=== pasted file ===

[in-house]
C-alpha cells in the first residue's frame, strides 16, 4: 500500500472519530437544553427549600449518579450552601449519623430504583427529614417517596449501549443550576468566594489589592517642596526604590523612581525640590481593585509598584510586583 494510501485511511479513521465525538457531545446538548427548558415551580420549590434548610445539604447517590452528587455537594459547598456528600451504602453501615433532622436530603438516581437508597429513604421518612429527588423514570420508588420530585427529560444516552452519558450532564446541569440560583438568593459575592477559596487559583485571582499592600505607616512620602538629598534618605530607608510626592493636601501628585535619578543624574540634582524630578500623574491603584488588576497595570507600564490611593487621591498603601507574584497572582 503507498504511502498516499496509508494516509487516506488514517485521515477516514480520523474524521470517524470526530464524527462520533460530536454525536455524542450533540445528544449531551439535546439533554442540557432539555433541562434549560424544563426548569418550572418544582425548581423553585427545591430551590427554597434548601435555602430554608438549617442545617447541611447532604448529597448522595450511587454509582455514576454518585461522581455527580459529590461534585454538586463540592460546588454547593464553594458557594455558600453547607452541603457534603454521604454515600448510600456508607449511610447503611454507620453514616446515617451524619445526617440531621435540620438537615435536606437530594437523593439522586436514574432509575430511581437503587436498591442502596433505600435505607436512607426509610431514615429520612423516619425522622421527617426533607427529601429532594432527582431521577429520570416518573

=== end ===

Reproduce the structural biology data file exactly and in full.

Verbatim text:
[in-house]
C-alpha cells in the first residue's frame, strides 16, 4: 500500500472519530437544553427549600449518579450552601449519623430504583427529614417517596449501549443550576468566594489589592517642596526604590523612581525640590481593585509598584510586583 494510501485511511479513521465525538457531545446538548427548558415551580420549590434548610445539604447517590452528587455537594459547598456528600451504602453501615433532622436530603438516581437508597429513604421518612429527588423514570420508588420530585427529560444516552452519558450532564446541569440560583438568593459575592477559596487559583485571582499592600505607616512620602538629598534618605530607608510626592493636601501628585535619578543624574540634582524630578500623574491603584488588576497595570507600564490611593487621591498603601507574584497572582 503507498504511502498516499496509508494516509487516506488514517485521515477516514480520523474524521470517524470526530464524527462520533460530536454525536455524542450533540445528544449531551439535546439533554442540557432539555433541562434549560424544563426548569418550572418544582425548581423553585427545591430551590427554597434548601435555602430554608438549617442545617447541611447532604448529597448522595450511587454509582455514576454518585461522581455527580459529590461534585454538586463540592460546588454547593464553594458557594455558600453547607452541603457534603454521604454515600448510600456508607449511610447503611454507620453514616446515617451524619445526617440531621435540620438537615435536606437530594437523593439522586436514574432509575430511581437503587436498591442502596433505600435505607436512607426509610431514615429520612423516619425522622421527617426533607427529601429532594432527582431521577429520570416518573